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Newspapers, The Missed Media Opportunity

By Joanna Smith

Newspaper endorsements and news coverage is sought after, courted and depended upon for campaigns to engage voters in communities across the United States.

Nationwide, newspapers have been ranked as the media used most by the “Influential” community. (MRI: Survey of the American Consumer, Wave 51) Local newspapers, overwhelmingly, still hold the largest share of the adult audience in their market compared to any other local media.

Yet, few campaigns include newspaper as a significant part of their advertising strategy. Many of these campaigns spend the majority of their ad budgets on television, direct mail, radio and even phone banks to help influence the electorate. Has newspaper political advertising been overlooked?

Some campaigns are beginning to take a fresh look at newspaper advertising and what is can bring to a campaigns media mix. In July 2007, the Wall Street Journal reported on two specific campaigns and their new campaign media mix, which added newspapers as a considerable part of their campaign advertising budget.

U.S. Congresswoman, Nancy Boyda, unseated a republican in a conservative Kansas district in 2006, using a newspaper insert program as the main media. Governor Mike Rounds (R-South Dakota) won his first gubernatorial in 2002 and then re-election in 2006 depending largely on both newspaper inserts and in print advertising.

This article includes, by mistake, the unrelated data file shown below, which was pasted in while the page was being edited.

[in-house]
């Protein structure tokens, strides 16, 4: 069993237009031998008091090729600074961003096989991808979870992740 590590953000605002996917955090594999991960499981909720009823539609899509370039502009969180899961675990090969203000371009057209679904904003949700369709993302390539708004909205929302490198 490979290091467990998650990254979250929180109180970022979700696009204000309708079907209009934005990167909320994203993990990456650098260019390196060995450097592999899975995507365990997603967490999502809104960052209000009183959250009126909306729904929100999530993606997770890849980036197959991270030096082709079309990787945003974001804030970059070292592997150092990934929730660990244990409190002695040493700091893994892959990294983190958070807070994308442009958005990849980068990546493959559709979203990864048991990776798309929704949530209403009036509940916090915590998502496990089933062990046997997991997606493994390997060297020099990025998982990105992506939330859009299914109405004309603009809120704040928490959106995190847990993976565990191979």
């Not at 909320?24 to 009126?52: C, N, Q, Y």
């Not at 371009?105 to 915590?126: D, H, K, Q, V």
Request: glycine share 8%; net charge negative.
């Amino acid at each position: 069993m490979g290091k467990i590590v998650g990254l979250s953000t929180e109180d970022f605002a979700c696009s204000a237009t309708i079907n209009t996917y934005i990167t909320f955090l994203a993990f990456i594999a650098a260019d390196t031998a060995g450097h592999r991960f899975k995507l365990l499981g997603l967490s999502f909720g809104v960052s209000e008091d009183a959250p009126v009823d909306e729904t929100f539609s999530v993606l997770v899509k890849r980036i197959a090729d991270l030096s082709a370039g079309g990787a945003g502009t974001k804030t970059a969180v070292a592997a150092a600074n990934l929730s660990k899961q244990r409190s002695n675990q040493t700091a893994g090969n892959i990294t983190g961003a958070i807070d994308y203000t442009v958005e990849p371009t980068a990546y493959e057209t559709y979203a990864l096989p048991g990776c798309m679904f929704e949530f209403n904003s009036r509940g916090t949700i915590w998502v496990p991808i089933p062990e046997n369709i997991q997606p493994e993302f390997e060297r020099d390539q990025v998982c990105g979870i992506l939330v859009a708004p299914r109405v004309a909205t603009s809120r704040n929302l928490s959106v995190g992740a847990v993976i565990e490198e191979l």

What both campaigns saw was the quality and quantity of the readers newspaper’s have. "We've found the best way to reach voters with our campaign message is through the use of South Dakota newspapers," says Gov. Rounds, in a written testimonial. Adds Gov. Rounds: "People who read newspapers vote in elections."

The market research bears out the Governor’s antidotal evidence. Of all voters in the 2006 election, 74.2% of them are active newspaper readers either in print or online. (Lee Tracking Survey Election Supplement 2006). Newspapers are charged with the responsibility to chronicle the life and lives of the community and citizens they serve.

Newspaper readers; therefore, choose to educate themselves about their community and the lives of people around them. These same readers then care enough to go to the polls to vote on issues which would affect their community.

Steve Boyda (Campaign Manager and husband to Nancy Boyda, D--Kansas), is quoted to say “Anybody who thinks that people don’t read newspapers anymore doesn’t live in a small town.”

Newspapers have weathered the introduction of radio and television into the mass media space, and overall continue to be the dominant media in most U.S. markets. One newspaper company, Lee Enterprises, which predominantly owns mid to small sized markets, recently reported a usage growth of their print and online newspapers from 67% to 71% by adults in their top markets. (Wilkerson & Associates, 2007)

The Boyda campaign took advantage of this behavior in their race in rural Kansas, were people still care whose child it is that is on the front page of sports.

Additionally, both of these campaigns reaped the benefits of the fact newspaper reader’s turn to the paper to seek out advertising. Over many decades, newspapers have trained their readers to look for advertising from their local grocery, department and local retail stores in their newspaper.